In 2011 I presented a talk on how to rank higher on Yelp. Even with a broken call to action, I began to receive many inbound inquiries. This presentation was remarkable; unfortunately, it attracted the worst possible customers: Chiropractors fighting their patients, basic real estate agents, lawyers ready to sue anyone and everyone.

By offering to solve a problem plaguing mediocre businesses, I attracted mediocre clients.

In 2012 I started outbound email and phone campaigns to anyone with a hint of needing my services (Marketo consulting at the time.) I acquired some clients, but they were some of the worst: a startup wanting to pay below market rates; a manager who had gained a job by lying about her experience and needed some tutoring; an agency who had over-promised and needed warm bodies.

It wasn’t until I did the hard work to establish remarkability that my clients changed.

Many B2B entrepreneurs I know come from a PUA, affiliate marketing, online poker ethos.

If you’re the type of person who loves the thrill of chasing women for phone numbers, the alchemy of selling Cialis by email, then you might find outbound is a great channel for you. But, you’ll get the clients you deserve.

If you want clients who value their time, why would you start the relationship by stealing their time?

If you want clients who value relationships, why would you start your relationship cold?

Selling products is similar to sleeping with as many people as possible: once you acquire a customer, you win.

Selling services is more like a marriage: once you acquire the client, the story begins.

This is the other reason your productized service will fail: you’re covering your failures in client partnerships by trying to limit your obligations, and focusing instead on the acquisition game.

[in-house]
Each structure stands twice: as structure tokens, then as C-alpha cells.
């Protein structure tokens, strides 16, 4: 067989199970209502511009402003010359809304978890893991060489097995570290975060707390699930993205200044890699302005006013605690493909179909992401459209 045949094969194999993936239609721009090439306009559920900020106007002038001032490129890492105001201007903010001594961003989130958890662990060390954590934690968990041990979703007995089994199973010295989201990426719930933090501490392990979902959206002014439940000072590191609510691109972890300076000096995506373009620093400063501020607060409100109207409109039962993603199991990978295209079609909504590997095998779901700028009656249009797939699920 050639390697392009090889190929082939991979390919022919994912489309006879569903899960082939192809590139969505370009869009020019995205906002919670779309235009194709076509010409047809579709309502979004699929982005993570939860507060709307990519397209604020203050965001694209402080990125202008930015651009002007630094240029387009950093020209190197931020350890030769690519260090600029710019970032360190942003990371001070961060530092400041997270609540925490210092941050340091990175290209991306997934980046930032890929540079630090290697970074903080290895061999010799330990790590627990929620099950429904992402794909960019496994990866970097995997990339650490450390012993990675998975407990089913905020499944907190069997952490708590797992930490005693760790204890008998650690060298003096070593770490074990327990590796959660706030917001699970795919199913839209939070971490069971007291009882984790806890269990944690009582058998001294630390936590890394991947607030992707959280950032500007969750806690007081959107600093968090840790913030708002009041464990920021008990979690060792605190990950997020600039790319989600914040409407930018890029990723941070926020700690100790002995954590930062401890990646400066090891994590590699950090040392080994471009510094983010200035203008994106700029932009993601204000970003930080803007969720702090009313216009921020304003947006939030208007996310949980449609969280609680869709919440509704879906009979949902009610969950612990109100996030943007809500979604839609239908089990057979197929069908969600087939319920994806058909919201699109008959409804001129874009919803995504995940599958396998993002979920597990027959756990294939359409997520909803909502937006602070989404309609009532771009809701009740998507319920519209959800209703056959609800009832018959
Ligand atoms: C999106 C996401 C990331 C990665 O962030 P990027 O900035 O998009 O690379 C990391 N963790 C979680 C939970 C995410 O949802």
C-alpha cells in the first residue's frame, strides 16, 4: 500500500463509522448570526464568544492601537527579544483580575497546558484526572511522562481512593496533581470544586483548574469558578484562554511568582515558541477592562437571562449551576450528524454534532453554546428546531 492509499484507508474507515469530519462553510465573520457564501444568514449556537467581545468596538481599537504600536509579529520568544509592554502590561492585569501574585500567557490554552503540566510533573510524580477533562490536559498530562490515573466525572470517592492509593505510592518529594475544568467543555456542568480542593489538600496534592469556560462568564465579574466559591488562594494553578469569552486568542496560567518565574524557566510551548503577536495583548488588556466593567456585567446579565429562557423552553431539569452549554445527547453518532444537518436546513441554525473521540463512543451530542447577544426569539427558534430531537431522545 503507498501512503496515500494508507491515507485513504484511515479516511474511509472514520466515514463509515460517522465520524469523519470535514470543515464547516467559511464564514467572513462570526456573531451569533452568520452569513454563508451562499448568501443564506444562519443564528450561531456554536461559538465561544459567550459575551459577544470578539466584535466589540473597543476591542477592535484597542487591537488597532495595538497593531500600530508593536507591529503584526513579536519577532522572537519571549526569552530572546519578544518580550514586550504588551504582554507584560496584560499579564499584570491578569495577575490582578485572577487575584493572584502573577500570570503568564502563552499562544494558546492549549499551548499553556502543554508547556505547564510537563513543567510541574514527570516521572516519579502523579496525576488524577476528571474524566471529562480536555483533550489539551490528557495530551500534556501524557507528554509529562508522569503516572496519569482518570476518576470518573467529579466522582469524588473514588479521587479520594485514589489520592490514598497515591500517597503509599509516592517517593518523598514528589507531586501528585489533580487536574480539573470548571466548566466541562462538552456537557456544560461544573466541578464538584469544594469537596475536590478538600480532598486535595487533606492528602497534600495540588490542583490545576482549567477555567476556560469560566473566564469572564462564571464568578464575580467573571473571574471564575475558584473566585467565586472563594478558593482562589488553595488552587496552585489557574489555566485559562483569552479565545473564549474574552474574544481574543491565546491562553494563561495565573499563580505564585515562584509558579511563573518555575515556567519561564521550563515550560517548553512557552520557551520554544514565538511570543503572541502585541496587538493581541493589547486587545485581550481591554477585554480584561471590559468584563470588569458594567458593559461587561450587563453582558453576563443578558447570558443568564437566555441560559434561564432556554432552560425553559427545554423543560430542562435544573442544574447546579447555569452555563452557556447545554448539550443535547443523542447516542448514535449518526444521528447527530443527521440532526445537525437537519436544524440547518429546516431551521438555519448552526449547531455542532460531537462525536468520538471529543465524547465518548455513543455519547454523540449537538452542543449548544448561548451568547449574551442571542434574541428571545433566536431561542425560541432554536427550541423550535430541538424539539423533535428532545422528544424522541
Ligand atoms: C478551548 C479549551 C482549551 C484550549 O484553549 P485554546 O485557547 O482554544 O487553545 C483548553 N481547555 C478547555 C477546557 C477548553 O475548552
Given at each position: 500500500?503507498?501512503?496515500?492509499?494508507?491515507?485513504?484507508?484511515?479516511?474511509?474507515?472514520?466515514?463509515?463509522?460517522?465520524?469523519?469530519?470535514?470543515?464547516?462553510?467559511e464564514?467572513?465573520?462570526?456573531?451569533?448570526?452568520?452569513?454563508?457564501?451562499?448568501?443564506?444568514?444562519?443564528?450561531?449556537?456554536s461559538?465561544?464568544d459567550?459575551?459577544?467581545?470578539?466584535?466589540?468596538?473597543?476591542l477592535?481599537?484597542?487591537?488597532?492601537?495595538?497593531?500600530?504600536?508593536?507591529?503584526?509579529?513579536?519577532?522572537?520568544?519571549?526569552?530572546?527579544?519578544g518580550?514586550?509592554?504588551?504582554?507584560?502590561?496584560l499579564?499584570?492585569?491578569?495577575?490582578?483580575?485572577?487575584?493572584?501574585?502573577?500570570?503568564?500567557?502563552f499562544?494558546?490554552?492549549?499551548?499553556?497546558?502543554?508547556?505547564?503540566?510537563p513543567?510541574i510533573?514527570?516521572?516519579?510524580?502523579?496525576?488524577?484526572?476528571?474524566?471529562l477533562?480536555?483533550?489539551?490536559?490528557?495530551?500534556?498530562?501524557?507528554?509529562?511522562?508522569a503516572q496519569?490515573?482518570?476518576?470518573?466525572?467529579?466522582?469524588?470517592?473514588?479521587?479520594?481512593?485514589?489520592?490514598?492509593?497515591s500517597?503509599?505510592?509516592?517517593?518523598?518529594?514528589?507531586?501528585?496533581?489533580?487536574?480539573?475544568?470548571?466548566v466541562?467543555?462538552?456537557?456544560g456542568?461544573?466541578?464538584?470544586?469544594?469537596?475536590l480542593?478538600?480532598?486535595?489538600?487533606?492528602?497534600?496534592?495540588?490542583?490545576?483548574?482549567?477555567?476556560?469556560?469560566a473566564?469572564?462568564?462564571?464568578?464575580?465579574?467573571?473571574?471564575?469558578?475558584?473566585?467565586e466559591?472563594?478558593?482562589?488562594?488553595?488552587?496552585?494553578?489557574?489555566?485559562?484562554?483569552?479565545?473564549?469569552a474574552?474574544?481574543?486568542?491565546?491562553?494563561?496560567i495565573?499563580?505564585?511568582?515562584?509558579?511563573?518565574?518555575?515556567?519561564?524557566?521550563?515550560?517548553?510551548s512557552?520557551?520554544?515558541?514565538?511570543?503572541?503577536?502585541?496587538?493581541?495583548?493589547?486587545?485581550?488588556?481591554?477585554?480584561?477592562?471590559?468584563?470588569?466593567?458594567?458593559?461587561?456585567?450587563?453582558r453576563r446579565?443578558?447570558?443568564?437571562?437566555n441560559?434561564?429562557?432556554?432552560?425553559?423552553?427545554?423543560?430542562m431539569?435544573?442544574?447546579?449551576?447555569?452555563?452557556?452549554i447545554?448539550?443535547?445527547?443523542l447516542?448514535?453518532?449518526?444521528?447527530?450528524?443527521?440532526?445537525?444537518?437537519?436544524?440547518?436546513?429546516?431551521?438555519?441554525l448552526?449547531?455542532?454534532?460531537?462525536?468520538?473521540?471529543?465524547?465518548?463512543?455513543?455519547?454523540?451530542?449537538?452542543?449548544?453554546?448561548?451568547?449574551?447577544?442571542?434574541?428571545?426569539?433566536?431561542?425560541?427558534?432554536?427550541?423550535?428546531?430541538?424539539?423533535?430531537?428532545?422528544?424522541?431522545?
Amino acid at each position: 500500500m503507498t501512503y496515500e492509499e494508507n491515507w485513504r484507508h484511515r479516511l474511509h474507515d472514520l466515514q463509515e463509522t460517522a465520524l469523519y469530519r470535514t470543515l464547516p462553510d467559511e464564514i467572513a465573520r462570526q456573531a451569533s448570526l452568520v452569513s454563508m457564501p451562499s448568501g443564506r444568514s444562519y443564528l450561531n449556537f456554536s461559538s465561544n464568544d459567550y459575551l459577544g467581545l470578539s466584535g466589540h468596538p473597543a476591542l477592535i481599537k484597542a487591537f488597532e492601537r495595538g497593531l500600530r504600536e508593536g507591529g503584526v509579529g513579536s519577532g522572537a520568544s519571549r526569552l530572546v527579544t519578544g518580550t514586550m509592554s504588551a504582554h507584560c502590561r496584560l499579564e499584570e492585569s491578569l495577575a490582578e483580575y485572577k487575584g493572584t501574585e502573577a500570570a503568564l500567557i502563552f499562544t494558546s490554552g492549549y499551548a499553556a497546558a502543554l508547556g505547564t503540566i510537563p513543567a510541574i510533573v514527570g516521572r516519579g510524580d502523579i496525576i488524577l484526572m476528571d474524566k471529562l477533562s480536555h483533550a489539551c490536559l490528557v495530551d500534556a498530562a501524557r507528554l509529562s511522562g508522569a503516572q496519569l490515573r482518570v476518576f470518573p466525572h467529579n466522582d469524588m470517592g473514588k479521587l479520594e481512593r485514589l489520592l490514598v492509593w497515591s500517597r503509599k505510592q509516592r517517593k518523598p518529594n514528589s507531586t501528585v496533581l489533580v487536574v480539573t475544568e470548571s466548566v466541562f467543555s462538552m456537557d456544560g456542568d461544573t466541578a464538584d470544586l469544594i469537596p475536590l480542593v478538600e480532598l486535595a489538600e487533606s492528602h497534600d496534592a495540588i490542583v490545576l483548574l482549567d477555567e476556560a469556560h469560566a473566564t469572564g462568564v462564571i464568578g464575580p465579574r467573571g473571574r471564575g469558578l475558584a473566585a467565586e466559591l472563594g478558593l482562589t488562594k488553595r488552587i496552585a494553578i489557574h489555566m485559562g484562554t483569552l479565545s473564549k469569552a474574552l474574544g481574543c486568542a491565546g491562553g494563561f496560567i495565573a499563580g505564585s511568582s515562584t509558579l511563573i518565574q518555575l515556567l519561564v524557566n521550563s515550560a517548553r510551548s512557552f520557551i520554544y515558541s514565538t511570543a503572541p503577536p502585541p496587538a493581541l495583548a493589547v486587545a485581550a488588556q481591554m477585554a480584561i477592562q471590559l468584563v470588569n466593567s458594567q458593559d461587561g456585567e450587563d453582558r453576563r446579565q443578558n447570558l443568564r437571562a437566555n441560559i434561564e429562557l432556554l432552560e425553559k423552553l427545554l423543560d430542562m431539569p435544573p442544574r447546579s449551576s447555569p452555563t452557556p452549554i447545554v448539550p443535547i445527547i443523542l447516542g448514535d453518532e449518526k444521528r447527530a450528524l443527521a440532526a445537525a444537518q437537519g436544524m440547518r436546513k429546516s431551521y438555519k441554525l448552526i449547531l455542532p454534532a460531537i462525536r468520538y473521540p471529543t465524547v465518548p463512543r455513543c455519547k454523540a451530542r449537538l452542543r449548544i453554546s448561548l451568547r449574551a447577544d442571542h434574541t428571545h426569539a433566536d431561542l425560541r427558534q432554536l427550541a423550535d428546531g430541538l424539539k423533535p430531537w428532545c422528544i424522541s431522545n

Why you’ll still send cold emails

Becoming remarkable, even to a small audience, is hard work. Not hard work like sweating, but hard work like empathy and letting go of ego.

This gets harder still when you sell marketing software. Hubspot came close: with precision inbound, and keyword data, they helped small businesses find better channels than cold email. Then Google killed their data source, and they started building cold email software: now the most remarkable thing about them is their conference about the thing they no longer provide.

Without finding a niche where your work is remarkable, you’ll always face an uphill battle to find customers.

Perhaps you like uphill battles: your outbound tactics work for you. If so, I recommend you double down on them: everyone is moving away from email, where you can intrude without their permission, to walled gardens like Slack and Facebook, where your permission to access them can be revoked. Enjoy your game while it lasts.

Perhaps you sell outbound email: in this case, you can probably grow by using it as your channel, because the clients you want will be the ones who reply.

But don’t drink too much of your own kool-aid: just because someone believed in your interruptions enough to buy from you, doesn’t mean it will work on their audience.